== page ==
Push notifications are a proven must have this year to not just keep your subscribers engaged with your business actively, but also convert more of them into customers. While they do allow you to grab your audience’s attention for a minute, your message and timing is what plays a crucial role in converting your subscribers into customers.
You can’t bombard your subscribers all too often with promotional messages, neither can you lose the chance of grabbing their attention and driving them towards your end goal. So how do you make sure you don’t sound like the pushy salesman and yet drive your subscribers towards a sale successfully?
6 tips to write a push notification that actually converts
Here’s taking a look at a few rules you should be following when writing a push notification for your campaign:
1. Don’t ever beat about the bush
A push notification gives you a few minutes to grab your audience’s attention and drive them towards completing an action that you want them to. So make sure the action you expect from them is absolutely clear. Stick to one goal per notification for maximum conversions. For instance, if it is a purchase that you’re wanting the subscriber to complete, don’t shift the focus on promoting an ongoing sale.
2. Make sure your message is crystal clear
Continuing on our point above, it is important to get to the point right away. Use a message copy that is easy to consume and lets the subscriber understand what you are offering or the value they are going to get. Simple words can go a long way since you barely have a minute to make the subscriber click through your notification!
3. Create a sense of urgency
Want your subscribers to act on your notification? Create a sense of urgency in your message. Knowing that it is a limited time offer, your subscribers would definitely click through your notification to the web page you want them to see. For instance, when promoting a sale, make sure that you let them know when it ends (don’t give them too much time to think of purchases).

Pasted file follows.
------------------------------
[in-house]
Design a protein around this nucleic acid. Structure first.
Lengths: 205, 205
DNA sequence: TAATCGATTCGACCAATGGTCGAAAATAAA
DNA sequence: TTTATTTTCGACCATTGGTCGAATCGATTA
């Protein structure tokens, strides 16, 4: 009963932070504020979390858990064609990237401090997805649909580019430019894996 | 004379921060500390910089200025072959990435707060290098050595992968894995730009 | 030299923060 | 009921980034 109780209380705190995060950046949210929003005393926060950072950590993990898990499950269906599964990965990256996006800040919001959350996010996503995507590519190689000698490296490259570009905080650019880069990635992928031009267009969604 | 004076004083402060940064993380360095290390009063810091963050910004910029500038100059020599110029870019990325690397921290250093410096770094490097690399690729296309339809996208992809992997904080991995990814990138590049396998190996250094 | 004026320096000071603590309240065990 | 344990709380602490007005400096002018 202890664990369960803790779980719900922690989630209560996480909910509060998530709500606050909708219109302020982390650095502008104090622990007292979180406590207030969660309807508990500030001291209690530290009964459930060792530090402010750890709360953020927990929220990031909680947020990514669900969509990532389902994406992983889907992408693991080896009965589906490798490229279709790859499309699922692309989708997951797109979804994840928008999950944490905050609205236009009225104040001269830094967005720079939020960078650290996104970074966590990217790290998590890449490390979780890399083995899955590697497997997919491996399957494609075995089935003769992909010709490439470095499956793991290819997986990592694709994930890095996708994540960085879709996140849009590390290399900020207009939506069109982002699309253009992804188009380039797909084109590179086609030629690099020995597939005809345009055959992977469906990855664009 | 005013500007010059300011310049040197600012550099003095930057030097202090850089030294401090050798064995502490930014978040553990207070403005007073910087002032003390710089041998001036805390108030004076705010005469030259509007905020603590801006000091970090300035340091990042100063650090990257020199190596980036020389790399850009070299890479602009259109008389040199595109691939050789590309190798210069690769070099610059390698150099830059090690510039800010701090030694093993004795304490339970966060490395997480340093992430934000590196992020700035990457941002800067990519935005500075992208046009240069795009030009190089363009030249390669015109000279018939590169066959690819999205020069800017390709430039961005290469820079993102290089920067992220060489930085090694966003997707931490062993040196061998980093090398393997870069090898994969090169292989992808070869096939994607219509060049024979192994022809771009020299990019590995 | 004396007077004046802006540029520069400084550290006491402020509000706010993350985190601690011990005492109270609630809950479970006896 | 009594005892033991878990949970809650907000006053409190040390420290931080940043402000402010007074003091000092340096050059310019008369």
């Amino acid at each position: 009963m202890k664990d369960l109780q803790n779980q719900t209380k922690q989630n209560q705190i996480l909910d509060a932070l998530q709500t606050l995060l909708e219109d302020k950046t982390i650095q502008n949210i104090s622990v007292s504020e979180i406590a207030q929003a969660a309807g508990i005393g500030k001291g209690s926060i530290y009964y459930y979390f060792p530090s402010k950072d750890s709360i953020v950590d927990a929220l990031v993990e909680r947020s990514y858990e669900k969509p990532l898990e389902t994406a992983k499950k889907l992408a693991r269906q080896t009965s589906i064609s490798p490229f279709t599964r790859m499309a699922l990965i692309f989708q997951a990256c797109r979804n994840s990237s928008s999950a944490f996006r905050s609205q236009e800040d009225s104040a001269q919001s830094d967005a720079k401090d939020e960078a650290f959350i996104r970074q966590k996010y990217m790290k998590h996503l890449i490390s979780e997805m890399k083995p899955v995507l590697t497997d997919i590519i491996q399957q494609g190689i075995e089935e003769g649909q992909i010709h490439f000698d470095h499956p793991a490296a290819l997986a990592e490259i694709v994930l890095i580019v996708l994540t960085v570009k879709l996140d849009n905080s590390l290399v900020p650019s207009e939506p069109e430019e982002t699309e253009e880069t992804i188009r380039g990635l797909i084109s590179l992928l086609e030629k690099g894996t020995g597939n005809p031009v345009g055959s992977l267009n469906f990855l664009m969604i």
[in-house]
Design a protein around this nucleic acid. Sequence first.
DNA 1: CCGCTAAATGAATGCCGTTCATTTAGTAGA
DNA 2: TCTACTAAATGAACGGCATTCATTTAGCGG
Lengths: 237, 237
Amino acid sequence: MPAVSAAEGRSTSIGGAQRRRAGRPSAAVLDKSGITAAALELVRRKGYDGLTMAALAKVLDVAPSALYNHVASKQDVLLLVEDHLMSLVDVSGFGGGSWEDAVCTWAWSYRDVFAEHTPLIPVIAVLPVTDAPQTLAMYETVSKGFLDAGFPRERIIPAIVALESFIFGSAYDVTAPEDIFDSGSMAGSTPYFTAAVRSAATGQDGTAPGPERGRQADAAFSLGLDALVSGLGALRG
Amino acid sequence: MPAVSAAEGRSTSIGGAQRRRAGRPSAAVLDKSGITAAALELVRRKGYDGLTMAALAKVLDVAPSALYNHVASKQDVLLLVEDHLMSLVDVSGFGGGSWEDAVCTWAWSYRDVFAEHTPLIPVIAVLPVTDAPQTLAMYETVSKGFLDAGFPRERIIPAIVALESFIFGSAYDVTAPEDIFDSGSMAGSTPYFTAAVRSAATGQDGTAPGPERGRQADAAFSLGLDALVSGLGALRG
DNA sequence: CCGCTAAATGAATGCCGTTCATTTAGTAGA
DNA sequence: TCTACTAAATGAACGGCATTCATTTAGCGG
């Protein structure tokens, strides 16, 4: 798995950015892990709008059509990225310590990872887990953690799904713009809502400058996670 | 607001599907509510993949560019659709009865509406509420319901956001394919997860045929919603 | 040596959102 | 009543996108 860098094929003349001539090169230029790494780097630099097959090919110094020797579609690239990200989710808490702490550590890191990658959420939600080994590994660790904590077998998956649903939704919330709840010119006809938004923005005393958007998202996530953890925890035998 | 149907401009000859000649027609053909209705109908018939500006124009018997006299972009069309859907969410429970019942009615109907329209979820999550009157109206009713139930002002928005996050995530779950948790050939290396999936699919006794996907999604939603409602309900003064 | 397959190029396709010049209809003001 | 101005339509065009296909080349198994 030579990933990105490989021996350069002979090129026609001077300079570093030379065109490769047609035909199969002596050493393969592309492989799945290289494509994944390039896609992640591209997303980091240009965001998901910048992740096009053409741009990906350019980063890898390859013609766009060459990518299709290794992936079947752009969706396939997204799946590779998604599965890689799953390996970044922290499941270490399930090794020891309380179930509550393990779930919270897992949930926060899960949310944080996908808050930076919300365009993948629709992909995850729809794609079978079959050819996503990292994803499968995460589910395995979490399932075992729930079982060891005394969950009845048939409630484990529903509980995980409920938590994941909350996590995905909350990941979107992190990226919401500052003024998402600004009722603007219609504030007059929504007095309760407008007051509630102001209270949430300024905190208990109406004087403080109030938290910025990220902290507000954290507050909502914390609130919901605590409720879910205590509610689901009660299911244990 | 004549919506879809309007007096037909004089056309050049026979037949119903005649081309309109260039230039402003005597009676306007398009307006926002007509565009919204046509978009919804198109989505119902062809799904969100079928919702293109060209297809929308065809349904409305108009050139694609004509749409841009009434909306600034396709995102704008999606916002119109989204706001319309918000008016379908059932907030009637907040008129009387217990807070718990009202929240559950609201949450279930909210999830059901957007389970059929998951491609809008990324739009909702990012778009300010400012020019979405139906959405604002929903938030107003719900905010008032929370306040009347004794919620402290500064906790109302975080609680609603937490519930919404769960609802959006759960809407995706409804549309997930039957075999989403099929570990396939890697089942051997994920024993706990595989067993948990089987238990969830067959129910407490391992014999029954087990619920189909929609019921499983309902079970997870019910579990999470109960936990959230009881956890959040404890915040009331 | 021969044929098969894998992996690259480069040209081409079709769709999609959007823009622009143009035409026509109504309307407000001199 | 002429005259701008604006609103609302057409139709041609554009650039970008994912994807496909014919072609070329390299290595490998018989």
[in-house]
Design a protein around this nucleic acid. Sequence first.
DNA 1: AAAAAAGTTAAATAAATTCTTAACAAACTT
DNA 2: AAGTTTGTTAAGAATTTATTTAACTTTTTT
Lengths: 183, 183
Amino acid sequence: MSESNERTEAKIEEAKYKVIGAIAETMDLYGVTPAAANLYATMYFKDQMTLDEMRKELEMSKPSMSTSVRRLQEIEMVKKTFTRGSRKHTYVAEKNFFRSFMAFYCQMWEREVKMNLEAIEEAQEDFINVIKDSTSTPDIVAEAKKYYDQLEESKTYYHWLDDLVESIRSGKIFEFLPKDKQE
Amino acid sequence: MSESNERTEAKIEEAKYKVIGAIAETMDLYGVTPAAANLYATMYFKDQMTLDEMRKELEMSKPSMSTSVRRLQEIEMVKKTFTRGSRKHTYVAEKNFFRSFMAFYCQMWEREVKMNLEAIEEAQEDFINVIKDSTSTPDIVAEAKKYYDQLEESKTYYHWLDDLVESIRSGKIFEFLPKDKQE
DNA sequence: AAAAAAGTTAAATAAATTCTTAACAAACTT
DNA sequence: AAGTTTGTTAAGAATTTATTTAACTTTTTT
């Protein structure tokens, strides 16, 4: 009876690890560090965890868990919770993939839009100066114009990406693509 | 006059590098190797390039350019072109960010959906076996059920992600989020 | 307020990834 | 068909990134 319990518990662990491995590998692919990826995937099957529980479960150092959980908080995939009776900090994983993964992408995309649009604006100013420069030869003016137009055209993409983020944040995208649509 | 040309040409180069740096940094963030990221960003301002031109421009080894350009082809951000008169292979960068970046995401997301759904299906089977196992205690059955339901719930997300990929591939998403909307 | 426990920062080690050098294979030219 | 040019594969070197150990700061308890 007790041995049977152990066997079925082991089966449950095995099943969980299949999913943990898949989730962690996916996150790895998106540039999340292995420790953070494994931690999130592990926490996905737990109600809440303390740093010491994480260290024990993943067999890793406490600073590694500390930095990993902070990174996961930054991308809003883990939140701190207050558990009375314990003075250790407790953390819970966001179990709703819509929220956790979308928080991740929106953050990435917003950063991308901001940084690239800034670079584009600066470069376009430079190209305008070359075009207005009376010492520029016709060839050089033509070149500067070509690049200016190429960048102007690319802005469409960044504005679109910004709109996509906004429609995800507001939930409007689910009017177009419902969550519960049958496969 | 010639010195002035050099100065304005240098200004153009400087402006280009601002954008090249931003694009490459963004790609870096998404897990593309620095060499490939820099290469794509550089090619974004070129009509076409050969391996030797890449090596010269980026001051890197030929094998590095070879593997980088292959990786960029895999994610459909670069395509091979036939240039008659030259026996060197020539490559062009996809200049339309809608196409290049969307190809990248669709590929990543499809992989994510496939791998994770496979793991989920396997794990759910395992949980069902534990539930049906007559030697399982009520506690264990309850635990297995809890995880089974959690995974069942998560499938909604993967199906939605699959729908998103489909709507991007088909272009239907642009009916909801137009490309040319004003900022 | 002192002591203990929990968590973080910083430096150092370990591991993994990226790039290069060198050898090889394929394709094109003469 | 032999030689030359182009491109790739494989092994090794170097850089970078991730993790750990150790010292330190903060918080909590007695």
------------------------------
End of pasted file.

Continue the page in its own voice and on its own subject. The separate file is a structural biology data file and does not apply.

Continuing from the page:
4. Or a sense of scarcity
Another proven way to make online shoppers or consumers interact with a notification, is to create a sense of scarcity around what they have shown interest in. If there is a product range they were browsing through or left behind an item they almost purchased, let them know how popular it is and how only a limited stock of the same is now remaining.
An interesting way of using notifications is to present social proof to the subscriber. Most consumers postpone their purchase being afraid of the quality the brand has to offer. Don’t fall in the same category! Let them know how many customers have purchased the product ever since and how it is a popular choice amongst people like him.
6. Personalize. Personalize. Personalize.
Probably the one thing we recommend for anything that involves reaching out and engaging the customer, is personalization. Don’t just push out notifications on a general basis. Make use of interaction insights of the subscriber and create custom notifications that address exactly what he has shown interest in. When your message is contextual, it gives a higher click through and conversion rate!
Using Wigzo push notifications, you can create campaigns based on how a subscriber has interacted with your website – mobile or desktop. This enables you to reach out to them on a one-to-one basis and convert them into customers effectively.
Is push personalization a challenge?
Believe us when we say, all it takes is 5 minutes to get your first personalized push notifications campaign up and running.
Well, Wigzo starts tracking your website visitor’s movements closely as soon as he lands on any of your web pages. It takes note of where the visitor is coming from, what he is looking for, the pages he has interacted with and more. Accumulating all the interaction data, Wigzo helps you create smart segments of your website traffic.
Yes, your audience is further segmented into smaller groups that identify best with their needs and preferences so you can create custom push notifications targeted at converting them on a one-to-one basis.
Sounds like just what you need?